Ring-necked Ducks – 3 males and a female – in Lost Lake
Most of the action at Lost Lake Nature Park in the last few weeks has centered around which pair of Canada Geese control which section of the lake. These normally mild-mannered birds can act like a flock of drama queens when establishing territory and nesting. When I arrived for the first time two weeks ago, the weather was still cold, but some geese tempers were simmering!
Text and photos
by Cam Mannino
I’d just read The Geese of Beaver Bog by Bernd Heinrich and supplemented my limited Canada Goose knowledge with Donald Stokes’ Guide to Bird Behavior, Volume 1 – so I was curious to see if I could read Canada Goose body language for the first time. Well, it was quite an exciting set of lessons from the geese themselves!
Then I went on to explore the more mellow residents of Lost Lake Nature Park and also fell in love with some wildflowers and a momentarily glamorous insect.
Drama at the Lake!
When I stepped out of my car during my first visit, a male Canada Goose (Branta canadensis) and his mate saw me and moved away from the floating dock. The female swam calmly to the west end of the lake while the male patrolled the center.
The male Canada Goose keeping an eye on me from the center of the lake.
He turned his head toward me as I reached the dock and kept me in sight all the time. It was a cold day with a strong north wind, unusual for late April. As I walked along the shore toward the east, I heard the male goose honking wildly and turned to see him making a bee-line straight toward me across the pond! When he reached the dock, he took to the air and flew at me, honking wildly, his wings snapping just above my head. Needless to say, I did not raise my camera for a photo! He dropped heavily into the water behind me and gave what the Stokes guide called “the head flip,” stretching his neck high, shaking his head from side to side and giving what Stokes calls “quiet grunts” indicating that the goose is apprehensive or disturbed.
I was puzzled as to what I’d done to receive what was so clearly a threat. So after a few minutes, I moved back to the dock and finally noticed what should have been obvious before. A goose nest rested among the stalks on the island in the lake, lined with feathers from the female’s chest (a “brood patch”) and perhaps some cat-tail fluff. Silly me, I didn’t realize that the whole south side of the pond was this pair’s territory and they had started a family there!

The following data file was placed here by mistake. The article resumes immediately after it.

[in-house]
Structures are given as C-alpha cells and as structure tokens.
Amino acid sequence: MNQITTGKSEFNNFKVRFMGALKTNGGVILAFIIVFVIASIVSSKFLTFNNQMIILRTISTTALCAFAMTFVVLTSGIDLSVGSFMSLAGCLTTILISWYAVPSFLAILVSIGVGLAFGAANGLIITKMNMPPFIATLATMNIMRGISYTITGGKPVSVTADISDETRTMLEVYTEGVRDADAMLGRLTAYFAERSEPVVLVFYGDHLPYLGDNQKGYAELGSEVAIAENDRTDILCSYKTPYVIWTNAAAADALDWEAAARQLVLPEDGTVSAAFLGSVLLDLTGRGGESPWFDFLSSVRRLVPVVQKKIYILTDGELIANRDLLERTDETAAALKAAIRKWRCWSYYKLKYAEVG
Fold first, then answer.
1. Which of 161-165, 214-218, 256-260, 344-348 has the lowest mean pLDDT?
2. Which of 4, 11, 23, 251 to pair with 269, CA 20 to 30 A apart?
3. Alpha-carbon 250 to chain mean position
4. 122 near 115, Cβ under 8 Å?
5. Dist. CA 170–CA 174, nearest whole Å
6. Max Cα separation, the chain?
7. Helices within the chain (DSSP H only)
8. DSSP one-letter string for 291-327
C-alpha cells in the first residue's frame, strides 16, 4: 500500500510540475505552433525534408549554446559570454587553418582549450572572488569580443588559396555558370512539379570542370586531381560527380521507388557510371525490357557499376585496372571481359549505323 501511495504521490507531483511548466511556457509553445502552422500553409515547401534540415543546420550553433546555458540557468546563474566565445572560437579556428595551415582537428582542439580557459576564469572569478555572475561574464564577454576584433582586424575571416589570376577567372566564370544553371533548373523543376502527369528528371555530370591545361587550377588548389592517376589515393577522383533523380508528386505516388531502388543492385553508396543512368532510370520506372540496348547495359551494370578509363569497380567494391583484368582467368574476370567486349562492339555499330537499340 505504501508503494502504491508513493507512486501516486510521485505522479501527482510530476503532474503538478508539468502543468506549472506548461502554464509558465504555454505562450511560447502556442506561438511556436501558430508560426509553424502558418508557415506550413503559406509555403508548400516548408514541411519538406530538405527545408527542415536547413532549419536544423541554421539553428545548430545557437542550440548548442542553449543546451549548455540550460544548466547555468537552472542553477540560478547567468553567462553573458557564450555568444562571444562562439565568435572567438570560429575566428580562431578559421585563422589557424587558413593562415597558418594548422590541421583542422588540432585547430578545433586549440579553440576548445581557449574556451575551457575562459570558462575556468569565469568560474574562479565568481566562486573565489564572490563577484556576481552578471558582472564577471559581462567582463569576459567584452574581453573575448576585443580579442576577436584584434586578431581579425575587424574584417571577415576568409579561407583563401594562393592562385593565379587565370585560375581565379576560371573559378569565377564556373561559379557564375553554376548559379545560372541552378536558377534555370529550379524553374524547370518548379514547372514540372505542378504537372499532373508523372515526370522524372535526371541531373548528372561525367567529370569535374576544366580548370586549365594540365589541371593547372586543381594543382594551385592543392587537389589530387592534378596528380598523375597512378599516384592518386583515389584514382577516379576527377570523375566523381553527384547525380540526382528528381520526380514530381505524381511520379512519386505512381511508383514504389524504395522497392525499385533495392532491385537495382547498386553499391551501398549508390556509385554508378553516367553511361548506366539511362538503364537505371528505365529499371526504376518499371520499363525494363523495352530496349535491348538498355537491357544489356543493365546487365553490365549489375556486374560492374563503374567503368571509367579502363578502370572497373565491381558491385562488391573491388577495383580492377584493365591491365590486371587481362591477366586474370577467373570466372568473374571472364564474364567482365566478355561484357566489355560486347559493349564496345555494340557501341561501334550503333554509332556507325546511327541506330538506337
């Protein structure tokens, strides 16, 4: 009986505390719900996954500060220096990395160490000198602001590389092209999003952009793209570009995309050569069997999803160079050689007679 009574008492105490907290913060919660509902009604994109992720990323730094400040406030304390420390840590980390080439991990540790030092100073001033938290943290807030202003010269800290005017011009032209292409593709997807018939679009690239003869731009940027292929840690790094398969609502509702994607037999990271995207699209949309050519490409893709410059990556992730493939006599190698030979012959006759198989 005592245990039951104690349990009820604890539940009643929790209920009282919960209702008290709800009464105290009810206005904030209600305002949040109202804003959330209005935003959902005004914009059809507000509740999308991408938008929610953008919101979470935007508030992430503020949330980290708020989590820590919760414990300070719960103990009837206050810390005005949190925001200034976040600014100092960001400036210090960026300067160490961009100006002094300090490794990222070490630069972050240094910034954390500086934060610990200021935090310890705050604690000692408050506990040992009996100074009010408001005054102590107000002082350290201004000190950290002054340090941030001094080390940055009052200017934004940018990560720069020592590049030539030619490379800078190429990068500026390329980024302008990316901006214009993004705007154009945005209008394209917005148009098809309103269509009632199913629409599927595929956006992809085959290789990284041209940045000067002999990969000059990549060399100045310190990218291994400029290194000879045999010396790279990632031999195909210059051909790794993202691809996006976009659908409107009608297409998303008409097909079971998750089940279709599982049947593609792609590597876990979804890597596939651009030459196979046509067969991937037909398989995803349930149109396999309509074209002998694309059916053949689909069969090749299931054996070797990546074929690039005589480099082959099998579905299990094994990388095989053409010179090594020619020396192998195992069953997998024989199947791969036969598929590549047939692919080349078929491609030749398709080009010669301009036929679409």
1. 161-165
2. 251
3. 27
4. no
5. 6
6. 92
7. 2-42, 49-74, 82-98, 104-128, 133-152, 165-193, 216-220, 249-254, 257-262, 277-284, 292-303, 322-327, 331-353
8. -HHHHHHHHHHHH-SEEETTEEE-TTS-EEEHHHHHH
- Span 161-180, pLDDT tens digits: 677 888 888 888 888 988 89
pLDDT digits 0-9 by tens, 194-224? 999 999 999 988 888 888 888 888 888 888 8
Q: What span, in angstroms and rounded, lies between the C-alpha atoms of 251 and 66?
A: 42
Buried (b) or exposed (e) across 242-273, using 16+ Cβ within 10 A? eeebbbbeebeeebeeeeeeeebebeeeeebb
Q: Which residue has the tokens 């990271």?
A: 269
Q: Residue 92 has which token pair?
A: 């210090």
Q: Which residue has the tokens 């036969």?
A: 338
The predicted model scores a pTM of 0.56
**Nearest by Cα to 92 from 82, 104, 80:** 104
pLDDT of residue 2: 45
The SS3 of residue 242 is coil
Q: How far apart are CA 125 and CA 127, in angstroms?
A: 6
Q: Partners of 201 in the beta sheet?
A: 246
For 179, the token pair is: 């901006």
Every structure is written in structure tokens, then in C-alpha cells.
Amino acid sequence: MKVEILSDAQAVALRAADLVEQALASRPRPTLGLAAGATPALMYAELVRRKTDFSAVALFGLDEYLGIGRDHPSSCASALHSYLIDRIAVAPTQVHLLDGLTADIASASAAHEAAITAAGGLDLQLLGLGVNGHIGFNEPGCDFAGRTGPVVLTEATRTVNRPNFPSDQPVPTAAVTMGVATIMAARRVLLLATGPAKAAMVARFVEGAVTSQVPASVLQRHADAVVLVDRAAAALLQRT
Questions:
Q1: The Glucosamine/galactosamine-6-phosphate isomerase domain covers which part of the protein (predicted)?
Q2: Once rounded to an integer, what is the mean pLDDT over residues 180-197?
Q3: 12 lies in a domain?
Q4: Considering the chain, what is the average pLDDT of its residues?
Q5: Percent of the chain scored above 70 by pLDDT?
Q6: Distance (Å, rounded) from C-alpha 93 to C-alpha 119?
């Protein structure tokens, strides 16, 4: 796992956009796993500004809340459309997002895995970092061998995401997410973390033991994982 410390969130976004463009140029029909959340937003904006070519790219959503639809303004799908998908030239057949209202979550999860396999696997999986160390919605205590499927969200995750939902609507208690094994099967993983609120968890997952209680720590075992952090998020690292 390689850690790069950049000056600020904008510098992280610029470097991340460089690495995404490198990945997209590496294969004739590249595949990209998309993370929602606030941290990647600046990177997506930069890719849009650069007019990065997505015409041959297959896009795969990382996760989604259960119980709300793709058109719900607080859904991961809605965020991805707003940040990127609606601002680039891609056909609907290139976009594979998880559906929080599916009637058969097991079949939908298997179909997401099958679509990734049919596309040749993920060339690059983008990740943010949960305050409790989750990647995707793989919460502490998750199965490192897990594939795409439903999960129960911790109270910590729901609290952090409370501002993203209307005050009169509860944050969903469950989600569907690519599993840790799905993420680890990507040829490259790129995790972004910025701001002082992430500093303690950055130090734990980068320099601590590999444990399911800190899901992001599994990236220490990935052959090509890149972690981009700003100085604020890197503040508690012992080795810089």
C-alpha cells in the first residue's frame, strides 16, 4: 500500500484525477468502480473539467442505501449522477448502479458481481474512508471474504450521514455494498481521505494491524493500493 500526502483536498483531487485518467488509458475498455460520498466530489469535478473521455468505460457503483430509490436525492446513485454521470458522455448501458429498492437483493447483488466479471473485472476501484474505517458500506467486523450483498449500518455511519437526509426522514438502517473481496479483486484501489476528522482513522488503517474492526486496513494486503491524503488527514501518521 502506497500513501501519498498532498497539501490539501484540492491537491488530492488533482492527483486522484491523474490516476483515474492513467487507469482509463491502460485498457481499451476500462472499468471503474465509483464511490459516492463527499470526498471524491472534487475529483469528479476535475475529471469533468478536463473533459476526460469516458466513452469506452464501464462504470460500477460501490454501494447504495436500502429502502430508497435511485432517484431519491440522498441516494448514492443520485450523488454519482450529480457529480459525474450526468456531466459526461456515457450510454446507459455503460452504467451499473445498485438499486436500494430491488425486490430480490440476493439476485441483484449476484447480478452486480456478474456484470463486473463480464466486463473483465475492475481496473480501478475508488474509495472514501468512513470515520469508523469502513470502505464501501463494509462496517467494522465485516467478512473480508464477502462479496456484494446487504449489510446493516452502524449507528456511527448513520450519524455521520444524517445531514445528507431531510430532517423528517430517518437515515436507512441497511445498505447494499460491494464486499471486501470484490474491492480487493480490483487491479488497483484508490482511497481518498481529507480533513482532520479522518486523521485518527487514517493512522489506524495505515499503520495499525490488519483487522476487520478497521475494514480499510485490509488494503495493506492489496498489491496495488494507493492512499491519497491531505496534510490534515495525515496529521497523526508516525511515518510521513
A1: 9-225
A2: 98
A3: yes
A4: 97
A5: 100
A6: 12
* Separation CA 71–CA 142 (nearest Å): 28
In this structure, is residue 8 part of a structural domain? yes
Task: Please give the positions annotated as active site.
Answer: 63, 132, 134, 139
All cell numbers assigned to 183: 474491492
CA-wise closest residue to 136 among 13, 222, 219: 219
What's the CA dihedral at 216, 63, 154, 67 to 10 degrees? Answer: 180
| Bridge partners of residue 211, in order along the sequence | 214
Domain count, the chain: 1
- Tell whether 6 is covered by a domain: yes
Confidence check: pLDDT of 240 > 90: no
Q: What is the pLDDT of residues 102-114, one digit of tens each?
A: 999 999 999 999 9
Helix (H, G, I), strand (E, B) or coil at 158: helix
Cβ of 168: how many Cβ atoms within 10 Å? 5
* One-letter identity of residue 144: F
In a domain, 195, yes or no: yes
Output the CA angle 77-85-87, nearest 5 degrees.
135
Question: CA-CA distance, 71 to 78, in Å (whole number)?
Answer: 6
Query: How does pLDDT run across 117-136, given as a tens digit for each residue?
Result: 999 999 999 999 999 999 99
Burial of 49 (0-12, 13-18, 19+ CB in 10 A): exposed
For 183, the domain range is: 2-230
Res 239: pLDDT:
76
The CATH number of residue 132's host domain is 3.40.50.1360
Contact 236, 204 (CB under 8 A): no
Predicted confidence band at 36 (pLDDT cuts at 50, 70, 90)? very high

A quite obvious goose nest probably lined with some of the female’s breast feathers and perhaps some cat-tail fluff.
On the far side of the pond, a second pair of geese were already nesting. Periodically the first male would venture somewhat toward the second pair and the male of that pair would stand with his neck very straight and his body tilted slightly forward. If I understand the Stokes Guide correctly, he was making an “I’m aware of you” signal to the other male, indicating that he sensed a possible confrontation. The first male circled away each time.
The male of a second pair raised his neck and head to indicate to the other male that he was approaching too close to his nest.
Later in that visit, the female goose of the first pair rejoined her mate near the nest. As she approached, they both began what Stokes calls a “greeting ceremony.” She would call softly “hink, hink” as she swam and he would respond almost simultaneously with his loud “A-honk!” When she reached him, she put her bill near his, almost tucking her head beneath his lower bill.
The female joined the male and they did a bit of the greeting ceremony, accompanied by soft calls.
The female placed her head right below the male’s during their greeting.